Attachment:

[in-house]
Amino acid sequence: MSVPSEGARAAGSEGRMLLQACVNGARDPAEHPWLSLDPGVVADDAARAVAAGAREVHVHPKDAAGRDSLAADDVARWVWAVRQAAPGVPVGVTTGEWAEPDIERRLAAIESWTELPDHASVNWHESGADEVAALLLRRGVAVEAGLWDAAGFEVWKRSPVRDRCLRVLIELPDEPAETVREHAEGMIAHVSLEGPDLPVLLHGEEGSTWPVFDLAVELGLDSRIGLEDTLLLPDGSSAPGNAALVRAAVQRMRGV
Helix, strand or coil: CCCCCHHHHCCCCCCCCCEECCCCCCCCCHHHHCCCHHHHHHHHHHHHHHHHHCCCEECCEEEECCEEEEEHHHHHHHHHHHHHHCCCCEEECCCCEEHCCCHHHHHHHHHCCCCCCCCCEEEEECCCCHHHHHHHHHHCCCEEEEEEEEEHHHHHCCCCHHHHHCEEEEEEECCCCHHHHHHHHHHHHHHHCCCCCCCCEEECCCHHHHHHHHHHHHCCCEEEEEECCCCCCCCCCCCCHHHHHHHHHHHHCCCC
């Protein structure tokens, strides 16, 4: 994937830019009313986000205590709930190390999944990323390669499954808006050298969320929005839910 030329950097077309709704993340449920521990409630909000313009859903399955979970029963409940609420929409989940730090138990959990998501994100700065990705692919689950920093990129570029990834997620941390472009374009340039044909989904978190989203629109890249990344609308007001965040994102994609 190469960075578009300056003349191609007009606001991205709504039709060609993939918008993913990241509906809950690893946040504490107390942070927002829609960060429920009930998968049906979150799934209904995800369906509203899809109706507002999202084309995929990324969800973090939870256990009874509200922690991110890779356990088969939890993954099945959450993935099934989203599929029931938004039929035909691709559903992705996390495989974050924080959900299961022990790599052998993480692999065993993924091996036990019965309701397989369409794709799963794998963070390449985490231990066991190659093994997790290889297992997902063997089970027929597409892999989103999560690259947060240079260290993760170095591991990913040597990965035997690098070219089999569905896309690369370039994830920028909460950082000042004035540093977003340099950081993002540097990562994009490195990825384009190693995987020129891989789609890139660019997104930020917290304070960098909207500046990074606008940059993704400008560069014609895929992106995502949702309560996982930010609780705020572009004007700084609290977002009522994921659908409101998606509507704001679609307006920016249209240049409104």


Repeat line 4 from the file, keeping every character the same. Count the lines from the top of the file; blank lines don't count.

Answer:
């Protein structure tokens, strides 16, 4: 994937830019009313986000205590709930190390999944990323390669499954808006050298969320929005839910 030329950097077309709704993340449920521990409630909000313009859903399955979970029963409940609420929409989940730090138990959990998501994100700065990705692919689950920093990129570029990834997620941390472009374009340039044909989904978190989203629109890249990344609308007001965040994102994609 190469960075578009300056003349191609007009606001991205709504039709060609993939918008993913990241509906809950690893946040504490107390942070927002829609960060429920009930998968049906979150799934209904995800369906509203899809109706507002999202084309995929990324969800973090939870256990009874509200922690991110890779356990088969939890993954099945959450993935099934989203599929029931938004039929035909691709559903992705996390495989974050924080959900299961022990790599052998993480692999065993993924091996036990019965309701397989369409794709799963794998963070390449985490231990066991190659093994997790290889297992997902063997089970027929597409892999989103999560690259947060240079260290993760170095591991990913040597990965035997690098070219089999569905896309690369370039994830920028909460950082000042004035540093977003340099950081993002540097990562994009490195990825384009190693995987020129891989789609890139660019997104930020917290304070960098909207500046990074606008940059993704400008560069014609895929992106995502949702309560996982930010609780705020572009004007700084609290977002009522994921659908409101998606509507704001679609307006920016249209240049409104």